Hope, resilience and climate change

 NASA NASA's Lunar Reconnaissance Orbiter captured a unique view of Earth from the spacecraft's vantage point in orbit around the moon.

NASA NASA’s Lunar Reconnaissance Orbiter captured a unique view of Earth from the spacecraft’s vantage point in orbit around the moon.

By Margaret Bullitt-Jonas For the Gazette

Published in print: Saturday, January 16, 2016

Climate change is no longer a distant threat. Its impacts are already being felt across the United States and around the world, with even more devastating impacts ahead unless we change course quickly.

As 350.org founder Bill McKibben writes, “Our old familiar globe is suddenly melting, drying, acidifying, flooding and burning in ways that no human has ever seen.”

Given what we know about the climate crisis, how do we face our fear and grief without being overwhelmed? How do we move beyond denial and despair into a life filled with purpose, even joy? What sustains our spirits as we struggle to sustain the Earth?

Here is a three-part framework to “hold” the climate crisis in a way that helps us to respond wisely and creatively: We develop an awakened heart, a broken heart and a radiant heart.

An awakened heart is deeply, frequently, and intentionally attuned to love. People with an awakened heart learn to see themselves and others with eyes of love. We discover that we — and all beings — are cherished. When our heart awakens, we perceive the beauty and preciousness of the world, and respond with gratefulness, wonder, amazement and awe. The world’s religions offer many disciplines, from mindfulness meditation to practicing gratitude or participating in worship services, which help our hearts awaken.

Experiencing our inherent preciousness and dignity is a powerful antidote to the message that human beings are a “cancer” on the planet or a “virus” taking down life.

I understand the anger behind such statements, evoked by the damage that humans are doing to the eco-systems on which life depends. It’s true: Our industrial economy, based on fossil fuels and endless growth, is indeed acting like a cancer that takes down life. But the only way forward is not to heed the voice of self-hatred but to listen to the inner voice of love, which is always sounding in our hearts and which alone can guide us on a new path.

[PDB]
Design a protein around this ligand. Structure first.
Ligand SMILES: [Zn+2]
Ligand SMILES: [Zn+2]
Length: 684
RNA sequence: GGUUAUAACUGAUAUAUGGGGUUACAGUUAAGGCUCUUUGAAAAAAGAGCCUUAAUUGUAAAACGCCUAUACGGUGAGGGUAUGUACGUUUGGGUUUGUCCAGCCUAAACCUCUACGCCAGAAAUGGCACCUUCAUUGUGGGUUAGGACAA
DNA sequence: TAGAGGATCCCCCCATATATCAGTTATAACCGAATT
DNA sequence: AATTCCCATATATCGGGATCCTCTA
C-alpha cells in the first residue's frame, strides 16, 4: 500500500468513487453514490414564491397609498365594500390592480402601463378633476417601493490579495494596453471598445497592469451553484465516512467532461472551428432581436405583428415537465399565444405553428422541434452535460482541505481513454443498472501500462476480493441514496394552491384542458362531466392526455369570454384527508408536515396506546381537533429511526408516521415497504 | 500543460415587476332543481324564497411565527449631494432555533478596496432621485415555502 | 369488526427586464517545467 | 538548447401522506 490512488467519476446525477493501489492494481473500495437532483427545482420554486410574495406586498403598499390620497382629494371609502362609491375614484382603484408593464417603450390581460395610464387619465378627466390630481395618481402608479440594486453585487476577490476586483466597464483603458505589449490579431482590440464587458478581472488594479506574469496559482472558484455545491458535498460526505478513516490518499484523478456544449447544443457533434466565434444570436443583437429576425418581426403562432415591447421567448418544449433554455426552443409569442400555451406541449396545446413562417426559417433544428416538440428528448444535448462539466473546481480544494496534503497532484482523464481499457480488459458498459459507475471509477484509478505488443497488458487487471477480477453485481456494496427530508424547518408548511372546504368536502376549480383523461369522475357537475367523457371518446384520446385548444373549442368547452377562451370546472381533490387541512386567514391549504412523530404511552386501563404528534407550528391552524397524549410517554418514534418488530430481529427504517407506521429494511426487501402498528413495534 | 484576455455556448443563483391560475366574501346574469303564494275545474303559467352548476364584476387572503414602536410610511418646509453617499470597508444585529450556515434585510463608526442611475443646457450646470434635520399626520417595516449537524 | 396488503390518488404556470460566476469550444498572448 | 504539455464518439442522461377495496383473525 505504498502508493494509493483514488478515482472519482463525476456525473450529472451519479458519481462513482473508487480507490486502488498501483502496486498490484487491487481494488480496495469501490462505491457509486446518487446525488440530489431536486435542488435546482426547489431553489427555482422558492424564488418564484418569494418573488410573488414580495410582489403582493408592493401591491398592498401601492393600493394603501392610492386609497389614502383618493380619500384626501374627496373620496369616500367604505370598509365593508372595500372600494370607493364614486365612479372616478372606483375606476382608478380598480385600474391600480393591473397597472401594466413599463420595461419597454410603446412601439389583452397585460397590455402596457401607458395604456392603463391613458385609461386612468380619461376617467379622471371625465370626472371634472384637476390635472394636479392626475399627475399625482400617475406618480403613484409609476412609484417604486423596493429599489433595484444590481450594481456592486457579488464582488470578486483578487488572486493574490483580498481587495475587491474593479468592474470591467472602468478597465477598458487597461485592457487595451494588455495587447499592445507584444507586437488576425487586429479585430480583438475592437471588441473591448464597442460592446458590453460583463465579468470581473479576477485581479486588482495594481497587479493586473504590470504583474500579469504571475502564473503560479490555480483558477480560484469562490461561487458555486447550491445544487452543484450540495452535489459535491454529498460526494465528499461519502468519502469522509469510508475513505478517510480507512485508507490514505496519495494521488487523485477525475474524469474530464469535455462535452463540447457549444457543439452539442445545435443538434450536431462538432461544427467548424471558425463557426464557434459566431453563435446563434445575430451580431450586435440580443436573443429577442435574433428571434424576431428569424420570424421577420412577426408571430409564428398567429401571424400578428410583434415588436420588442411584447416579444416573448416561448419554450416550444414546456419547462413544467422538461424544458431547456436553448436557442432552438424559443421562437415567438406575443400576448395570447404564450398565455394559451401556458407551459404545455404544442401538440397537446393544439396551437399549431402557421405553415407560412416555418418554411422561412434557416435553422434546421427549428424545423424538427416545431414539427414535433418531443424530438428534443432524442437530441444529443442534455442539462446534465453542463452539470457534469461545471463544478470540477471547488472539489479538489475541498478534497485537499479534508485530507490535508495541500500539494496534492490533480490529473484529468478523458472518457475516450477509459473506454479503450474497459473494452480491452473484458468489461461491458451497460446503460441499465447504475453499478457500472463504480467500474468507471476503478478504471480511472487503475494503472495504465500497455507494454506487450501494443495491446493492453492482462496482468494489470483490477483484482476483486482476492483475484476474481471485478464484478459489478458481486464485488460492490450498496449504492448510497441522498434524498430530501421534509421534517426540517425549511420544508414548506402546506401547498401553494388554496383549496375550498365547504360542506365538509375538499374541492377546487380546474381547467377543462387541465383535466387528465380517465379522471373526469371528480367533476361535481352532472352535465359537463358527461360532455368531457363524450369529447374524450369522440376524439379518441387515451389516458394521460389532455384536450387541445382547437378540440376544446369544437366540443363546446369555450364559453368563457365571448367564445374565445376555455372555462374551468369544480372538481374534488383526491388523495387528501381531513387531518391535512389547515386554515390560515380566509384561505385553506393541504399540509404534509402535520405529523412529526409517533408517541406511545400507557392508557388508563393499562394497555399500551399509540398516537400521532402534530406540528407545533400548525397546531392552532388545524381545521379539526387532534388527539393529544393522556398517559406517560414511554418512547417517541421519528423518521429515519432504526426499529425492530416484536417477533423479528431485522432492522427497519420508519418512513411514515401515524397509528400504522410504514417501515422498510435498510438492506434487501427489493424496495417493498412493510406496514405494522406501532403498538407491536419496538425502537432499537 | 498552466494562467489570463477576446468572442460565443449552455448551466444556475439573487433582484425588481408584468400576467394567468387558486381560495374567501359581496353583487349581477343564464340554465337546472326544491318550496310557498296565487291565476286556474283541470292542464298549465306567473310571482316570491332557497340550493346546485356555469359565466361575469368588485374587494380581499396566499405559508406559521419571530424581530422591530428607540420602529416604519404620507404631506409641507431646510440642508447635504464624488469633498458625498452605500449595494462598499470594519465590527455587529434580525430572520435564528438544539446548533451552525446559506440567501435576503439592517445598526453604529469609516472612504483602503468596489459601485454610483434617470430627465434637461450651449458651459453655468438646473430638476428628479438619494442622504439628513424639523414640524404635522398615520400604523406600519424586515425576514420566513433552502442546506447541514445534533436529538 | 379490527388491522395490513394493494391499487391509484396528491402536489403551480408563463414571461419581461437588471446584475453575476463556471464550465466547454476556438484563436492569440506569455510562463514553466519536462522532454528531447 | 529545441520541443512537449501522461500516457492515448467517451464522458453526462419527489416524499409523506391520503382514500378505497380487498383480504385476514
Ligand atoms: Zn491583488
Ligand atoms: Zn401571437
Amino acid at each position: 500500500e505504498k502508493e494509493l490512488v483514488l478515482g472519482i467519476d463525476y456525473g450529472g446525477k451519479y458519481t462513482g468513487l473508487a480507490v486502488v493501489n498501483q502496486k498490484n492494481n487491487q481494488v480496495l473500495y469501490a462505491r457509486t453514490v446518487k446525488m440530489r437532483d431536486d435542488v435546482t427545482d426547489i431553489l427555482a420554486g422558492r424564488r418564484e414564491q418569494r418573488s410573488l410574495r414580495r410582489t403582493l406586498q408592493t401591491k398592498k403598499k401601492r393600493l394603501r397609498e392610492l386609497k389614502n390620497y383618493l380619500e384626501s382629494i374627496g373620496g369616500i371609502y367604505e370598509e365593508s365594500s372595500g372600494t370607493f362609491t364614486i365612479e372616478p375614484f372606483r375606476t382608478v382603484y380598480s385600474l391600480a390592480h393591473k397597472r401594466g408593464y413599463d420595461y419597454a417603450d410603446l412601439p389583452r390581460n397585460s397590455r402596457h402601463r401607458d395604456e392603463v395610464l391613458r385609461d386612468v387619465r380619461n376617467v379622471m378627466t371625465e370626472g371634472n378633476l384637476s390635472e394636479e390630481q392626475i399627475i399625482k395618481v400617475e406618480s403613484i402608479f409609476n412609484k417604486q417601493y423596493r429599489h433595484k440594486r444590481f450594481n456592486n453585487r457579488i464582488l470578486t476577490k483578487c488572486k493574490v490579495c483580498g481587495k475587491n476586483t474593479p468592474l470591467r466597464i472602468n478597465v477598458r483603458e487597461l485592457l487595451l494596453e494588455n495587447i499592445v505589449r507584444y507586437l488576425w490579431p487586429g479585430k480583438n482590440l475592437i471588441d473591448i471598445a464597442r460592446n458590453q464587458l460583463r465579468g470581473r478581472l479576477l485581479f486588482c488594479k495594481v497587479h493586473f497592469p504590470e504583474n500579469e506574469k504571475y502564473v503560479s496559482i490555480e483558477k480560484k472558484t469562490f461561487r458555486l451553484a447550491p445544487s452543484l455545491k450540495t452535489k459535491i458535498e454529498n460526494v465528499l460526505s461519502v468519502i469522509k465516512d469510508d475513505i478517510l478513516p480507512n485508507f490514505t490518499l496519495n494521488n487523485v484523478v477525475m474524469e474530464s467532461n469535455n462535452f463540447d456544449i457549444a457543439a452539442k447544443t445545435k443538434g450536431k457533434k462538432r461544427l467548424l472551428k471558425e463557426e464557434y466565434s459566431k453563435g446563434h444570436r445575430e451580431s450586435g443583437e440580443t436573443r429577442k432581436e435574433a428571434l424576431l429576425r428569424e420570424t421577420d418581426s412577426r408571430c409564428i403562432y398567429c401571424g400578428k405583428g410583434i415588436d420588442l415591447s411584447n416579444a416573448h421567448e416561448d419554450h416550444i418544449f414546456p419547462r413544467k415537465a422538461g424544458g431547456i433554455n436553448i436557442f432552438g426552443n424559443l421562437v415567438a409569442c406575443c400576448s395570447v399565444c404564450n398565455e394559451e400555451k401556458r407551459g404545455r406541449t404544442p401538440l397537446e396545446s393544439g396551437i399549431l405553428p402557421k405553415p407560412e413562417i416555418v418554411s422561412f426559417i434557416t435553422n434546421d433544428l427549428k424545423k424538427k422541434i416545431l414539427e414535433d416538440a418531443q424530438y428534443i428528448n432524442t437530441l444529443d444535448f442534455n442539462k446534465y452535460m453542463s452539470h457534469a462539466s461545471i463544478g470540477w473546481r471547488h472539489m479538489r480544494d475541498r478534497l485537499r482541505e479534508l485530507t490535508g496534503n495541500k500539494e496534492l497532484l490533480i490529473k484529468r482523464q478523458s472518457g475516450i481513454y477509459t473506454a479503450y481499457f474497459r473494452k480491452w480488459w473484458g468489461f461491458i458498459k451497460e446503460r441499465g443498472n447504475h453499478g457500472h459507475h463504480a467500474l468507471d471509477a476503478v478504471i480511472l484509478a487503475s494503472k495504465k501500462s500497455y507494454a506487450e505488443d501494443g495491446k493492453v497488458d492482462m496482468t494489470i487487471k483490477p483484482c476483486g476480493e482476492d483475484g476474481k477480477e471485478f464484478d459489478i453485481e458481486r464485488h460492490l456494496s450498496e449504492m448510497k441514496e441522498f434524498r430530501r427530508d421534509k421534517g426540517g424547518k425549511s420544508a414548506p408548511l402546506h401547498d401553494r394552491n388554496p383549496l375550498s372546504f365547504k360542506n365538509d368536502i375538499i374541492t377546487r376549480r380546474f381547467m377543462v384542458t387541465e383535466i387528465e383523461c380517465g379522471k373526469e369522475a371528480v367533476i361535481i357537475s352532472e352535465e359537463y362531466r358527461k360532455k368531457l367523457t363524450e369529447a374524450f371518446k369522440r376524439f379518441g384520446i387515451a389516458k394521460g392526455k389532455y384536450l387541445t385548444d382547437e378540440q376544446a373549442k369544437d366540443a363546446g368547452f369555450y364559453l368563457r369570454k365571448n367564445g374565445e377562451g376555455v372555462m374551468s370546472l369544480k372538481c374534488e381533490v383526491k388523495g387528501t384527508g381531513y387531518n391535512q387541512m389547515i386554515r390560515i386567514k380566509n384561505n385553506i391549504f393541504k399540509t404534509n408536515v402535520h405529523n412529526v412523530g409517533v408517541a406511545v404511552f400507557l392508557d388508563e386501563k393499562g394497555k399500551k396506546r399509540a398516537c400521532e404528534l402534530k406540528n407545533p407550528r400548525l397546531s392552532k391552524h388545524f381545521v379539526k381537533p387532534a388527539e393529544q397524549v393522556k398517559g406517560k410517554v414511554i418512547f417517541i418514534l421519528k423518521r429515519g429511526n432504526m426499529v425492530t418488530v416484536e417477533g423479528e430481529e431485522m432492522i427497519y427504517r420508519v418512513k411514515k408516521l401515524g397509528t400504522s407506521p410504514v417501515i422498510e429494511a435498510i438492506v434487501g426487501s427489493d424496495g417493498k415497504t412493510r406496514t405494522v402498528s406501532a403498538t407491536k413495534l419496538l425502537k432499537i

Next we experience a broken heart. Of course, none of us wants to move to this second stage of the journey. There are many reasons we fear and repress our grief.

As Joanna Macy, the Buddhist eco-philosopher, points out, we don’t want to feel pain; we don’t want to look morbid; we don’t want to bring other people down; we don’t want to seem weak and emotional. Yet we do feel pain for the world. We can’t help it. No one is exempt, because everything is connected. Suffering in one place sends out ripples everywhere.

As you consider climate change, where do you feel grief? What are the tears you need to shed? What is breaking your heart? How do you open to the pain of our precious world without drowning in the pain?

Sharing vulnerability and honest feelings with a trusted person or group builds community and makes our relationships more honest, lively and real. Pain becomes easier to bear when we experience it within the embrace of love.

As a Christian, I also express my grief in prayer, for I believe that everything within us — our fear, anger, grief and guilt — is perpetually met by the mercy and love of God. One way or another, all the world’s spiritual traditions teach that there is no escape from suffering and, paradoxically, that a broken heart can be the gateway to hope, even joy.

As we cultivate an awakened heart and accept a broken heart, eventually we want to express a radiant heart: we want our lives to bear witness in tangible ways to the love that has set us free. Filled with love, and open to the world’s suffering, we want the love flowing into our lives to pour out into the world around us.

This third part is where we take action. What we feel led to do takes many forms. Commitment to create a just and sustainable society affects what we buy, how much we drive, how we invest our money, how much we re-use and re-cycle, and how quickly we join with other people to push for the enormous systemic changes that are required.

Yet being busy doesn’t necessarily mean we’re manifesting a radiant heart.

Sometimes I get super-busy because I lose touch with my basic preciousness: I think I must prove my worth, demonstrate my value. Then I remind myself, “Remember you’re cultivating an awakened heart. Rest in God’s goodness, breathe in God’s love, recall how loved you are. Let that energy carry you into the next situation.”

Or I get busy because I want to stay one step ahead of my feelings: Who wants to feel pain? I’d rather keep moving. Then I remind myself, “Remember you’ve accepted a broken heart. Feel what you’re feeling and share it with the One who has loved you since before time began.”

When we feel cherished to the core and when our anguish is met by ever-merciful divine love, our actions are more likely to spring from wisdom, not fear or compulsion. We live with a new sense of spaciousness and freedom, unattached to results.

The Rev. Margaret Bullitt-Jonas is Missioner for Creation Care in the Episcopal Diocese of Massachusetts, active in Climate Action Now in Western Mass, and a founding member of Massachusetts Interfaith Coalition for Climate Action.

Earth Matters, written by staff and associates of the Hitchcock Center for the Environment at 525 South Pleasant St., Amherst, appears every other week in the Daily Hampshire Gazette. For more information, call 413-256-6006, or write to us.

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